That is what I meant, my Lords. I believe that, without wide-ranging constitutional reform, the very future of the United Kingdom is imperilled, not least by the strong possibility of Brexit triggering Scottish secession, and even Northern Irish secession through a referendum provided for under the Good Friday agreement.
One way to address this is through the new Act of Union Bill in the name of the noble Lord, Lord Lisvane, printed on
Until now, the main pressure for reform has come from Labour, Liberals, Greens and radical constitutionalists. But the CRG was initiated by leading Conservatives and is chaired by the noble Marquess of Salisbury, the former Conservative Leader of your Lordships’ House. Also on the steering committee is the noble Lord, Lord Lisvane, former Clerk of the Commons, former parliamentary counsel Daniel Greenberg, Paul Silk, former Clerk to the Welsh Assembly and before that himself a Commons clerk, and the noble Lord, Lord Campbell of Pittenweem, representing the Liberal Democrats. Joined by me from Labour on the steering committee is Lisa Nandy MP, who is doing some very interesting work on towns and their alienation, both economic and political, in our current culture.
We have identified important areas for reform and have suggested different options. These include addressing the asymmetrical devolution that has left England with an understandable grievance—not just on the political right—as the most centralised and therefore disenfranchised part of the UK, London excepted. As has been said, the introduction of English votes for English laws procedures in the House of Commons is an unsatisfactory symptom of this.
I believe that England outside London should have a permissive form of devolution, enabling regional government or city regional government to evolve as desired. Given the opportunity, Cornwall and the north-east would almost certainly go for regional government right now, to be followed perhaps by others, maybe with Yorkshire leading the way. However, crucially, these bodies must have real power, not the Mickey Mouse powers offered in 2004, which were defeated in the north-east referendum in which I campaigned.
On the House of Lords, some on the steering committee suggest that it should be abolished and replaced by an elected English Parliament. However, representing 85% of the population, it would be so dominant that it would effectively replace the Commons as the fulcrum of Parliament, sidelining Wales, Scotland, and Northern Ireland even more and thereby promoting separatism. My own view is that a senate or House of Lords should be majority-elected on the same day as a general election, ideally by a list system of proportional representation on the same boundaries as apply to European elections. That would enable each of the nations and regions within the United Kingdom to be properly represented, helping bind us back together again in a way that both Houses of Parliament have palpably failed to do.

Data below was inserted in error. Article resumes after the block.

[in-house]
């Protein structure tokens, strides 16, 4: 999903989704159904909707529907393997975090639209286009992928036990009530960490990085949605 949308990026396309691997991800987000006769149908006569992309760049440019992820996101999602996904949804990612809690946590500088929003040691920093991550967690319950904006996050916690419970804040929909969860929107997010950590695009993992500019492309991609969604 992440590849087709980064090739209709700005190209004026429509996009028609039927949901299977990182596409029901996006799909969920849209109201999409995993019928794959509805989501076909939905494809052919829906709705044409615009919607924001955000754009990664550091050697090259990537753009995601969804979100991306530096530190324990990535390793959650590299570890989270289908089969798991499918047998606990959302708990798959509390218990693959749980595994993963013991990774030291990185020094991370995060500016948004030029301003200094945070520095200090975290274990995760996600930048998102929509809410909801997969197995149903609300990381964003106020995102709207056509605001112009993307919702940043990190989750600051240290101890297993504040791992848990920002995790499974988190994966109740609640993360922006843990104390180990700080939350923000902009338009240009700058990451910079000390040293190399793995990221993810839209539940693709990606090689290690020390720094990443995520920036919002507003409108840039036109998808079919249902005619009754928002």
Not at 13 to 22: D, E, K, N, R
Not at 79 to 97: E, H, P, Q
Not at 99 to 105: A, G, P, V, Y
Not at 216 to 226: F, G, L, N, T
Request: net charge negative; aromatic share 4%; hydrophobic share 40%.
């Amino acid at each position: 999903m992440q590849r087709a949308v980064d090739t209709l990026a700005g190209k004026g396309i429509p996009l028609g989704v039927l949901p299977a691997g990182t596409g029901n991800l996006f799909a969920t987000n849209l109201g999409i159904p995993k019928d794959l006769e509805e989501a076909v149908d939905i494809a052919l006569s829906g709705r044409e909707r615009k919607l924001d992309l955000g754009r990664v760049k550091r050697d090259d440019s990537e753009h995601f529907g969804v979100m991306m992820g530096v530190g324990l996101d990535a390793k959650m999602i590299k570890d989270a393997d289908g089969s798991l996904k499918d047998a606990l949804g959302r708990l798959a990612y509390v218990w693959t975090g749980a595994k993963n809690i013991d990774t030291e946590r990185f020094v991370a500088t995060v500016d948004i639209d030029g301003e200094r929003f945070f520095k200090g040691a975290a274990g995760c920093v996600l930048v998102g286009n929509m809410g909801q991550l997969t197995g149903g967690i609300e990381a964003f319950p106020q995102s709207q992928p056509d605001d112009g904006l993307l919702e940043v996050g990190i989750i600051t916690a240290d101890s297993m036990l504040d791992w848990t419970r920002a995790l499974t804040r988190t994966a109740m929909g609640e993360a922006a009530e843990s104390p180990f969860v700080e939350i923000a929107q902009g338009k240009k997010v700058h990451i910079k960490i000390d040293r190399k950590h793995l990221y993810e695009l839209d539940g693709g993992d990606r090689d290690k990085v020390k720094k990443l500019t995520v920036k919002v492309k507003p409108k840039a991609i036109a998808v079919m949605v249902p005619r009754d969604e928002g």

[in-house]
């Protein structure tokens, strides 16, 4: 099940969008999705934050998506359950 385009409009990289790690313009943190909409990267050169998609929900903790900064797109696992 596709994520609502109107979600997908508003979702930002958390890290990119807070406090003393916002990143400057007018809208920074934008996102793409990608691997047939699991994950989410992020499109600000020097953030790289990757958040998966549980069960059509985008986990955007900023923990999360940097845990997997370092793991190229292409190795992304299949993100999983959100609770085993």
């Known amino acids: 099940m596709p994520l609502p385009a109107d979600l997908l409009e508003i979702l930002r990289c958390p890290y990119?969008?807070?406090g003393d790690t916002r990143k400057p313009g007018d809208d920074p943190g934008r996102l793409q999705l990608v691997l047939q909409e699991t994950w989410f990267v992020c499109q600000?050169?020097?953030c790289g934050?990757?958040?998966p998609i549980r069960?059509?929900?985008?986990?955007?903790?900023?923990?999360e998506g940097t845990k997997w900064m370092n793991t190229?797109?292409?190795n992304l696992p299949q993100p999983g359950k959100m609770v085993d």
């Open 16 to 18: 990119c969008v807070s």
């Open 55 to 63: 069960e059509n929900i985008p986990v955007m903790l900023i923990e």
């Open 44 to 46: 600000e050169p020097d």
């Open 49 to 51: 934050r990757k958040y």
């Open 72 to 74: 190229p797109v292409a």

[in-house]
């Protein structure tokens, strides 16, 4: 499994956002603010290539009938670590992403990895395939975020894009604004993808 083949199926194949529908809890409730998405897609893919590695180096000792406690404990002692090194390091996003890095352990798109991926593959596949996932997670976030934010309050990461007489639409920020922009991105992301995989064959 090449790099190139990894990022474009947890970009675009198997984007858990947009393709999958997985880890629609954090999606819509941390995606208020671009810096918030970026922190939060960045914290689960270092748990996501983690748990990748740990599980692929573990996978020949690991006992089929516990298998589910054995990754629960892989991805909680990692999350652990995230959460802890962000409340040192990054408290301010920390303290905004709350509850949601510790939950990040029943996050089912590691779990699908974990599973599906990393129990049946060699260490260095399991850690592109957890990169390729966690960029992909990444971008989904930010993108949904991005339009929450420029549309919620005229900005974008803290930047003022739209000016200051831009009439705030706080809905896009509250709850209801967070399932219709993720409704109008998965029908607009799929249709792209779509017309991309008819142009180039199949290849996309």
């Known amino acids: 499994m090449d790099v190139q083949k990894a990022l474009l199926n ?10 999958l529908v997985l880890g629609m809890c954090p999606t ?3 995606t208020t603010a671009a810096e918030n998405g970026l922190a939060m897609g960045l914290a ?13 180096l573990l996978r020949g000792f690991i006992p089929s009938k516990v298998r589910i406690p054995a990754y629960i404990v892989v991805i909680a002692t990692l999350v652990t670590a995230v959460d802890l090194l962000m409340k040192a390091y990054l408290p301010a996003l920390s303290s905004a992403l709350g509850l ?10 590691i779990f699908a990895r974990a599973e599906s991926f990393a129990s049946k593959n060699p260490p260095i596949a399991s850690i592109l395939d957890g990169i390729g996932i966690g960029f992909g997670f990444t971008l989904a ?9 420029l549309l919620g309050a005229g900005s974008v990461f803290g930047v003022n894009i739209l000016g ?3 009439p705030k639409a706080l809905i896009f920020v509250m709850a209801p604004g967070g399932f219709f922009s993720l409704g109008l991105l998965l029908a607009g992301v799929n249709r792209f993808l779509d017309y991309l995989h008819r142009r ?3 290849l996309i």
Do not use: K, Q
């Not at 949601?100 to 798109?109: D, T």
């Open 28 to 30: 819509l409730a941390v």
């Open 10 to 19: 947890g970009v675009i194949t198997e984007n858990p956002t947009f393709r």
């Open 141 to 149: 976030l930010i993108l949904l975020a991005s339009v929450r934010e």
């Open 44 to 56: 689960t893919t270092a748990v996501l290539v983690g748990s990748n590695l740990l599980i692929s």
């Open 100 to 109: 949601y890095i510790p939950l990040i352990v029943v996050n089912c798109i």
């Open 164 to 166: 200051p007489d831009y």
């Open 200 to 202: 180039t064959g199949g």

However, a new settlement must not be drawn up—still less imposed—from on high. There must be wide consultation, as my noble friend Lord Foulkes has argued, through a constitutional convention similar to the one that successfully preceded devolution in Scotland.
It is not simply Scottish antipathy, Northern Irish instability or English discontent that threaten the future of the United Kingdom; there is now a widespread sentiment across the great majority of our citizens that our democratic system no longer represents their interests.
The Act of Union Bill introduced by the noble Lord, Lord Lisvane, addresses the main issues at stake, from finance to security. Crucially, it proposes a bottom-up rather than the top-down arrangement that we have had until now. It turns the devolution settlement on its head by creating a new federal structure in which the constituent parts or nations voluntarily vest the sovereignty they choose at the centre—for example, for foreign, defence and security, taxation and pensions matters. Otherwise, every policy area remains with them.
Our society today is hugely polarised by bitter Brexit divisions, towns left behind as metropolitan cities forge ahead, never-ending austerity and widening inequality. The new Act of Union Bill does not and cannot address all the issues breeding these serious divisions, but it is an important start, because the bell is otherwise tolling for the United Kingdom as it is now.